Saturday, October 31, 2015

Breeders' Cup Weekend Links

American Pharaoh closed out his racing career by winning the Classic.  I've got the World Series and Notre Dame football on TV, and a fridge-load of Pumpkin and Oktoberfest beers to finish before November comes.  Here are some stories for your reading pleasure:

Goodnight and Thank You, Grantland - The Atlantic.  I'll miss that site.

Blades of Glory - Grantland.  One last story from them.

The State v. Robertson - SBNation

Kentucky's Horse Country Opens Barn Doors to Fans Before Breeders' Cup - Wall Street Journal

Early 2016 to bring 'wave' of crop selling, says Bunge CEO - Agrimoney. Not surprisingly, I'm also a bear.

Young Farmers Don't Need Taxpayers' Help - Bloomberg

Why Is It So Hard To Save Gulf Of Maine Cod? They're In Hot Water - The Salt

The Most Haunted Road in America - Longreads

Mary Fields: Former Slave, Pioneer Woman, Certified Badass - Priceonomics

The astronomer and the witch - how Kepler saved his mother from the stake - The Conversation

Utopias, past and present: why Thomas More remains astonishingly radical - The Guardian

Ask Citylab: What's the Deal with Steam Rising from NYC streets? - Citylab.  What a massive system.

The 'Electronification' of Everything - Bloomberg.  Gallium?

Oil Producers Curb Megaproject Ambitions to Focus on U.S. Shale - Bloomberg

Hopes for 'Golden Age of Gas' Evaporate - Wall Street Journal

Clinton Foundation Faces Revisions - and Possible Reckoning - 100 Reporters.  Damn, they are crooks.  Between Hillary and the Republican shit show, that socialist is looking pretty good.

Inside the Secretive World of Tax-Avoidance Experts - The Atlantic

We Mapped the Uninsured. You'll Notice a Pattern - The Upshot

Tuesday, October 27, 2015

The Wisdom of Pessimism

The Wisdom of Pessimism from Claudio Salas on Vimeo.

I generally agree, but I don't understand the reference to William James. If happiness equals expectation over reality and you lowered your expectations, you'd experience less happiness. I don't think that is what either James or the maker of the video intended?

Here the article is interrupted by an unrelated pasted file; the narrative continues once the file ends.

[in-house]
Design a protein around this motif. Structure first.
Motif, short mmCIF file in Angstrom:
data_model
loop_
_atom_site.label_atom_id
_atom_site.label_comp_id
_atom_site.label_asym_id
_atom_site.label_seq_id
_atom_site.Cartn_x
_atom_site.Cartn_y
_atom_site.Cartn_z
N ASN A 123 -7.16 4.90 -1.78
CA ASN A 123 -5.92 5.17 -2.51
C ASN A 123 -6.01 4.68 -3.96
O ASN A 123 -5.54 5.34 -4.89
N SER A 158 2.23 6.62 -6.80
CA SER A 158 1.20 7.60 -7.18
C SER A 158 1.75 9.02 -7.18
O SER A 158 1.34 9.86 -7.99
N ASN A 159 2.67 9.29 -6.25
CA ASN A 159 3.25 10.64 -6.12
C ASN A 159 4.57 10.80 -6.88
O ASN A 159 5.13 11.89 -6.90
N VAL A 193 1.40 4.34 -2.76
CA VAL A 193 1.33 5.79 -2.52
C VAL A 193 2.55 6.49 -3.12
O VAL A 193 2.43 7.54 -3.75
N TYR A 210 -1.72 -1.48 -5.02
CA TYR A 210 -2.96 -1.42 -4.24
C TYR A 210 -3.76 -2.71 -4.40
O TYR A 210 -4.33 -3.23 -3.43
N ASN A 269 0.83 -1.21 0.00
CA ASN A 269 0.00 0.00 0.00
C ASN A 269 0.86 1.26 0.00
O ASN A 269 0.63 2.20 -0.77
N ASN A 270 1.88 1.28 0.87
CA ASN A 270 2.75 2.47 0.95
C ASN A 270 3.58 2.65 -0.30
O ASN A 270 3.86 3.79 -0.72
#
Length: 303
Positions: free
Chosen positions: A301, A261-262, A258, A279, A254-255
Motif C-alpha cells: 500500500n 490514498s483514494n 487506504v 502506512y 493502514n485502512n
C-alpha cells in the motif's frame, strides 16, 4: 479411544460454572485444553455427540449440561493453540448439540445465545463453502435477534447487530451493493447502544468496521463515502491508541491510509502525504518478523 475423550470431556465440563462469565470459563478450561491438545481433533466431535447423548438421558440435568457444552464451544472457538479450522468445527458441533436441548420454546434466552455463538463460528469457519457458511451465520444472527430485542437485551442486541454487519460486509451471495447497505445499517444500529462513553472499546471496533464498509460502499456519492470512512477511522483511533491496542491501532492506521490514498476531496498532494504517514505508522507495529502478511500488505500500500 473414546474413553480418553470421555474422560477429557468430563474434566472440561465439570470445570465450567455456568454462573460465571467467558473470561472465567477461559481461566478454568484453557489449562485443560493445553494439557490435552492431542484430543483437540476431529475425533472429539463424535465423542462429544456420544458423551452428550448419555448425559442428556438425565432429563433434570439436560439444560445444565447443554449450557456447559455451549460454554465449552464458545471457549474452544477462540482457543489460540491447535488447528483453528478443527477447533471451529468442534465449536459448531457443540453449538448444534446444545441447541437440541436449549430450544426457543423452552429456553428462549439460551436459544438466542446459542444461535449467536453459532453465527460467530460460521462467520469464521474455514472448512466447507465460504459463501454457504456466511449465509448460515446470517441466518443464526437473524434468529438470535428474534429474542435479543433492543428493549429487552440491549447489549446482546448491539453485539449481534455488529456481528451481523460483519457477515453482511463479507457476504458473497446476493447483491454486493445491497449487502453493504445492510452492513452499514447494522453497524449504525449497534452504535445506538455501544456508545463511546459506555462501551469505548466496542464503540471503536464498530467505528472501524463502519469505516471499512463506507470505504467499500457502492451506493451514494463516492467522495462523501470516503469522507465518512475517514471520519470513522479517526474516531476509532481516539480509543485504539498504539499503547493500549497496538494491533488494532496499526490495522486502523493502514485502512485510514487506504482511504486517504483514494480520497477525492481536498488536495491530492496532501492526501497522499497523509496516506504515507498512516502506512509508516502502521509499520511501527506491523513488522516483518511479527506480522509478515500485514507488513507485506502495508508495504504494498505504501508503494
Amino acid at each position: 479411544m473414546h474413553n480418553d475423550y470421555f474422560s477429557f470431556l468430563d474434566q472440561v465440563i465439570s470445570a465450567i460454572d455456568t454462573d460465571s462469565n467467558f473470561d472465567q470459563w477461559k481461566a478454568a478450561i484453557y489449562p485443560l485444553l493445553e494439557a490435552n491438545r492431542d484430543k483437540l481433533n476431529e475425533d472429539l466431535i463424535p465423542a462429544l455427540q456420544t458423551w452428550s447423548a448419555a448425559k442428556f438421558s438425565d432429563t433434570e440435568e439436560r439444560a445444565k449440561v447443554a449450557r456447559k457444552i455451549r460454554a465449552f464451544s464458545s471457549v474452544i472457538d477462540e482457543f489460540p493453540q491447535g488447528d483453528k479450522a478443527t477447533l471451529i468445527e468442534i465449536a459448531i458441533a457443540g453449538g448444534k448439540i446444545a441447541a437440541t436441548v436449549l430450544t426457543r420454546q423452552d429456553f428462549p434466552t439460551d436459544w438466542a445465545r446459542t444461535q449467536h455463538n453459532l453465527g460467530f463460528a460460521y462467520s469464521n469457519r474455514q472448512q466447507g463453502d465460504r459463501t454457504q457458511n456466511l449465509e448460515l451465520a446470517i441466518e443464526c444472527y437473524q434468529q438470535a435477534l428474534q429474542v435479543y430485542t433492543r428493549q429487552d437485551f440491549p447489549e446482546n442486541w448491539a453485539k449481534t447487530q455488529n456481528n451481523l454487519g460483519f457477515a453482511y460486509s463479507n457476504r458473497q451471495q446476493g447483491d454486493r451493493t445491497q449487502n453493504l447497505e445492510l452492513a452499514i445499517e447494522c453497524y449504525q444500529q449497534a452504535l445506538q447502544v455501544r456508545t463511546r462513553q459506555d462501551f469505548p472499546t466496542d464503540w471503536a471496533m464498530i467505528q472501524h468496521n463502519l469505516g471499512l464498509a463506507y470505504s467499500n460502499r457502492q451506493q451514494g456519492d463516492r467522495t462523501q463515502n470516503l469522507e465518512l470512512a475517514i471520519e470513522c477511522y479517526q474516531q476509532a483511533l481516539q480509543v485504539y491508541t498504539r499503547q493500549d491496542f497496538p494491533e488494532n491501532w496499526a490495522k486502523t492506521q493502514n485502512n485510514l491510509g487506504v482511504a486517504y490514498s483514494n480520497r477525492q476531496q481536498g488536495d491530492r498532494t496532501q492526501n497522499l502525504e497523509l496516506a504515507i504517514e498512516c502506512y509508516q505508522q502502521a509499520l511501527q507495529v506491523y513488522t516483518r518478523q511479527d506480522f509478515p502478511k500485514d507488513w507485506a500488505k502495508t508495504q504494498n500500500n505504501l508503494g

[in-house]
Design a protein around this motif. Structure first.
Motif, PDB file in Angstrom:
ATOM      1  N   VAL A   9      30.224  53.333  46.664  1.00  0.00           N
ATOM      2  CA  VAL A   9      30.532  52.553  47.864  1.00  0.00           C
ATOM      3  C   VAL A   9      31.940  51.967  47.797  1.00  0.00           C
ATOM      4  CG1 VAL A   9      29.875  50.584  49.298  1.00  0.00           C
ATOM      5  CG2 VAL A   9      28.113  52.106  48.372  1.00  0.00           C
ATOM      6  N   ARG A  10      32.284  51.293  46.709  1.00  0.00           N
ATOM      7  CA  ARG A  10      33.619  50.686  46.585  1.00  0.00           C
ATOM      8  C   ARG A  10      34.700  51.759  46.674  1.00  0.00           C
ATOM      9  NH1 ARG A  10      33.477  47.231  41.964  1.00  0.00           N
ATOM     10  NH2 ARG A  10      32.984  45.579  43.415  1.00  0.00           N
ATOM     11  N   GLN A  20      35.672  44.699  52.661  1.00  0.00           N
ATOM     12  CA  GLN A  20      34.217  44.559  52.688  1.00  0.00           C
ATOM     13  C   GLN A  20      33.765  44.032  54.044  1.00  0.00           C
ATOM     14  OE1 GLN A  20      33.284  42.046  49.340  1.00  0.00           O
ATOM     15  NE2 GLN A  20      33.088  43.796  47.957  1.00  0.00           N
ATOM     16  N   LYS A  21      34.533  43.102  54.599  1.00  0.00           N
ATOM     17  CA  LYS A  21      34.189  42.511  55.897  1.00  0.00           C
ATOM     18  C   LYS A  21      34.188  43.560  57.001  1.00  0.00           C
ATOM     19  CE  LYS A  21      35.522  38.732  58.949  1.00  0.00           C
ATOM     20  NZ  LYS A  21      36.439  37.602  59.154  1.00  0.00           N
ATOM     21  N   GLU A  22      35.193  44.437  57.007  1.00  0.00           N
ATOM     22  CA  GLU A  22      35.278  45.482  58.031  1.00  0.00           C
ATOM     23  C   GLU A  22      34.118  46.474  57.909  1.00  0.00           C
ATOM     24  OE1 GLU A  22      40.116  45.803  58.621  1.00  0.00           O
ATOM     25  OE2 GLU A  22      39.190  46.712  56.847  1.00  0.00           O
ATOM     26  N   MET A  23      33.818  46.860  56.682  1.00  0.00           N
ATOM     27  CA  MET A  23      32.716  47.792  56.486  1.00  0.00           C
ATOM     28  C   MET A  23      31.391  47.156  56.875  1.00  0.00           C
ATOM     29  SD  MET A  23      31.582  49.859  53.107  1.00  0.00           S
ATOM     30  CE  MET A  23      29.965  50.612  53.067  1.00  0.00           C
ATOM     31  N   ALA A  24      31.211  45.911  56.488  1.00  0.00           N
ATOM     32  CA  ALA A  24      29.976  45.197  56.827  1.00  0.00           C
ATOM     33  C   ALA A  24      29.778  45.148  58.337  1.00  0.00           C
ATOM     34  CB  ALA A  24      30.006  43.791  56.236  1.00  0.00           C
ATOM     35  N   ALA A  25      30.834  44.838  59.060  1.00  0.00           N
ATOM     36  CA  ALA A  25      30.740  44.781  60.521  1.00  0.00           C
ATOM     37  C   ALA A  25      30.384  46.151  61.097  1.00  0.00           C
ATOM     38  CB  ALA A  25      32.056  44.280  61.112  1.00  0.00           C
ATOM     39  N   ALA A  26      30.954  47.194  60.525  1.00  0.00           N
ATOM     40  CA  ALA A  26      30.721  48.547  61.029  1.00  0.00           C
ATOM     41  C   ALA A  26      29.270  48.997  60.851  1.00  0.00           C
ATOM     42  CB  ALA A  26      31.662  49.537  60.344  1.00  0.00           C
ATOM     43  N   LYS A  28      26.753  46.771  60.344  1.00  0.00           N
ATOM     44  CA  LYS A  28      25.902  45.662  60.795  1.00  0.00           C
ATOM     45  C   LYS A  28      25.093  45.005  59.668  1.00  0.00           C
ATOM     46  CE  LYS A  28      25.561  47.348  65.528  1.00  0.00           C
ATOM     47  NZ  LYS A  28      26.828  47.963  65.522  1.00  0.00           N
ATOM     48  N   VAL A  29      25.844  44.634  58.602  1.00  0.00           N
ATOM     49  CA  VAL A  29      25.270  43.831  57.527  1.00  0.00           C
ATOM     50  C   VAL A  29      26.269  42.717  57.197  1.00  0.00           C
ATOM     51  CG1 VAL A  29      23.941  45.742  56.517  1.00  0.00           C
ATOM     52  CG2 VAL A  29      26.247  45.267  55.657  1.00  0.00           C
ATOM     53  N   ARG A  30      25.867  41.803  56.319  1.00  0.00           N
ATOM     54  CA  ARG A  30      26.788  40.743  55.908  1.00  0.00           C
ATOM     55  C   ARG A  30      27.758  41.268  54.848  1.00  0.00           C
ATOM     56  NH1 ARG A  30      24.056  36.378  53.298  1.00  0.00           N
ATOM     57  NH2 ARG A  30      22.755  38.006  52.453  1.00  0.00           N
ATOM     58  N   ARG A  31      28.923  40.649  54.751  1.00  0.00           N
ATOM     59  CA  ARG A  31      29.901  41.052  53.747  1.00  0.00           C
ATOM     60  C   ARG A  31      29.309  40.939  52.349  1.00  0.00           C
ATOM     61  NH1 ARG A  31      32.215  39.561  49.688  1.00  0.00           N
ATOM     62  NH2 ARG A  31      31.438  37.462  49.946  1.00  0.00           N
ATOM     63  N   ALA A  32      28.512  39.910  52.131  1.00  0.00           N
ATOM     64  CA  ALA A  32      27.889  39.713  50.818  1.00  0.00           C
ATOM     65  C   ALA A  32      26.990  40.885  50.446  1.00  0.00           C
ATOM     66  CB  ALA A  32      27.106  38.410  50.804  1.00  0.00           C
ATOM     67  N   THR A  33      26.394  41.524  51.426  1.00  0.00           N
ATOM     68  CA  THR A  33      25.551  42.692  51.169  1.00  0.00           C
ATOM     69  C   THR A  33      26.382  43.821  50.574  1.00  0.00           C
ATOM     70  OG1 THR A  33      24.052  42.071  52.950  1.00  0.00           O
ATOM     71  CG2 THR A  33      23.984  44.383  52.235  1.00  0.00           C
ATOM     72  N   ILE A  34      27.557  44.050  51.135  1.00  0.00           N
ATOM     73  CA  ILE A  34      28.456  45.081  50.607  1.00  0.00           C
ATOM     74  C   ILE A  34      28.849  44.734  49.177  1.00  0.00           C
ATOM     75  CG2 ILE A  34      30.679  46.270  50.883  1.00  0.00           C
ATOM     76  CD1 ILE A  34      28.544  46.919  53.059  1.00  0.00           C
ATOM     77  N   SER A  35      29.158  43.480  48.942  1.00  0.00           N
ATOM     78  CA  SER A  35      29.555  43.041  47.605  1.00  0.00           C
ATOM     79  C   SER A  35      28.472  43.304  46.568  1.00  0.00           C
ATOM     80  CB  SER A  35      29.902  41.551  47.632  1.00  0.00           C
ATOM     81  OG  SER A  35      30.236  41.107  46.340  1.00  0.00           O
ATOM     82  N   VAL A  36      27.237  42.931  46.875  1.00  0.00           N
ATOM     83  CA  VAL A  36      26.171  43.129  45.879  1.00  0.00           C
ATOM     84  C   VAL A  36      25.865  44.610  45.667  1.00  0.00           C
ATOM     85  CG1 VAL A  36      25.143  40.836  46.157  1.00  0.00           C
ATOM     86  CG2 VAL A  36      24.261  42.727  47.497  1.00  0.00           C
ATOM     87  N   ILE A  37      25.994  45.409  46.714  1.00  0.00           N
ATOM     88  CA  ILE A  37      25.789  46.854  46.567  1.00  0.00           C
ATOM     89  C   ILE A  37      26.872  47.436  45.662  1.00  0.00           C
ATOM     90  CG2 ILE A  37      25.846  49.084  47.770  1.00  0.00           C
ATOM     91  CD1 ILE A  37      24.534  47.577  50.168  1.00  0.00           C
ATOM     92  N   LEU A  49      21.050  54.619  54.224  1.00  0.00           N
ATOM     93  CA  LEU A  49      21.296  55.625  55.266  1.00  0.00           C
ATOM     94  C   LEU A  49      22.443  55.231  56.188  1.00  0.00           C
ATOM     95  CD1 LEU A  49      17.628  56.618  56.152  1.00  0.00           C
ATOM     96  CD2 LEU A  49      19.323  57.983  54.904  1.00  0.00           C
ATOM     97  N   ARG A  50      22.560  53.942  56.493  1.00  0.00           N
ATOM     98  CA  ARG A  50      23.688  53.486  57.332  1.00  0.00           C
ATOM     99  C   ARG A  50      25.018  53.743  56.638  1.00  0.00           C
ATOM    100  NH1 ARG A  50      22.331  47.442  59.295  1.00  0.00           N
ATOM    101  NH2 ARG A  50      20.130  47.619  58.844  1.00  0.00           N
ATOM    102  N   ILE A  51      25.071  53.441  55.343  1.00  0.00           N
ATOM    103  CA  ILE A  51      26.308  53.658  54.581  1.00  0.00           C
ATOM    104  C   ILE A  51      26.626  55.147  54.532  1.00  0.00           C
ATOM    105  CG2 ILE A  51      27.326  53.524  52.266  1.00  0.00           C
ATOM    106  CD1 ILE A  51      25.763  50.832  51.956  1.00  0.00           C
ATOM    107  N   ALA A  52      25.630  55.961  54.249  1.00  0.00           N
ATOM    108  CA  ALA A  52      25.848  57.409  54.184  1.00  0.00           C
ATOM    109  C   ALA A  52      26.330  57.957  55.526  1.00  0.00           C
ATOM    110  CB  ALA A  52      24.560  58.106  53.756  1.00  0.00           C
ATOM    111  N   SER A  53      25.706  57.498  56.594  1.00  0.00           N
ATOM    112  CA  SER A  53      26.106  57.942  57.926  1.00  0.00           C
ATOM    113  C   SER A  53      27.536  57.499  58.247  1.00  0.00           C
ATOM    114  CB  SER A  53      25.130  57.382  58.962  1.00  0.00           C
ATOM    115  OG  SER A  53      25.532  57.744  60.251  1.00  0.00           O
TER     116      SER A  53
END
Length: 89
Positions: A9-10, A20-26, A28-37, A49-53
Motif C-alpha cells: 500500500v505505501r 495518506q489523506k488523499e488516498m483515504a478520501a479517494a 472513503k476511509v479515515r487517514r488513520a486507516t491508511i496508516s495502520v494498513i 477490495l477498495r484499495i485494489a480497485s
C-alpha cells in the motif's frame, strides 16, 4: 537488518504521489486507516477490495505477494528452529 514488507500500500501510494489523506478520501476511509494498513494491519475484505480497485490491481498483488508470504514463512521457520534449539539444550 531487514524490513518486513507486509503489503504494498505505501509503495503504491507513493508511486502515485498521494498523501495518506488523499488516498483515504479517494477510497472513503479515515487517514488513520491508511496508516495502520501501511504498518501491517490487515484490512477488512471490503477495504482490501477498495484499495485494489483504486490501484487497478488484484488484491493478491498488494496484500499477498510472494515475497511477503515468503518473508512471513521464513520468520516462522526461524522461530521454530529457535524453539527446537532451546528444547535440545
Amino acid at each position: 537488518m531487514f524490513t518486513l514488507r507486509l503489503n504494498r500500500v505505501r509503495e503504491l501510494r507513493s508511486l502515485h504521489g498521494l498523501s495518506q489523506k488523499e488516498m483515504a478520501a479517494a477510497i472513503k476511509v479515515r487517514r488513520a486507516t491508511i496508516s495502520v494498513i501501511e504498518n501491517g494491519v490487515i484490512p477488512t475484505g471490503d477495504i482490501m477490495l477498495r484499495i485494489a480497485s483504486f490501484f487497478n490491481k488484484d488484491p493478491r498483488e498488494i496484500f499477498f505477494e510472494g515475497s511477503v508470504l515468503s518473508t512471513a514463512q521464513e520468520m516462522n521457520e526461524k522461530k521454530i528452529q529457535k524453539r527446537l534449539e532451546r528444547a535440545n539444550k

Budget Deal Cuts Crop Insurance Subsidies

The two-year budget deal produces savings from one of the most popular programs in farm country — federally subsidized crop insurance — and farm state lawmakers are furious.
Senators and House members said Tuesday they weren't notified of the cut before the deal was struck, with Republican leaders pushing for a vote this week on the budget pact. The crop insurance companies that depend on federal subsidies said in a statement that the proposed $3 billion in cuts over 10 years could be devastating to the industry.
Budget-writers in Washington have long eyed the crop insurance program, which costs more than $9 billion annually, as a pot of available money. But farm-state lawmakers have fought to protect it, saying it makes more sense than other farm subsidies since it pays out when farmers suffer losses.
Congress got rid of other types of subsidies in a wide-ranging farm bill last year, including payments that went to farmers regardless of crop yield or crop price. In turn, they increased federal support for crop insurance.
The budget deal would create the savings by lowering the rate of return for companies that sell crop insurance to farmers. The federal government partially subsidizes those companies and insures some of their losses.
The Republican chairmen of the House and Senate Agriculture Committees, Texas Rep. Mike Conaway and Kansas Sen. Pat Roberts, issued a joint statement along with the top Democrats on the panels objecting to the cuts, which they said would "undermine a critical risk-management tool for American agriculture producers and consumers."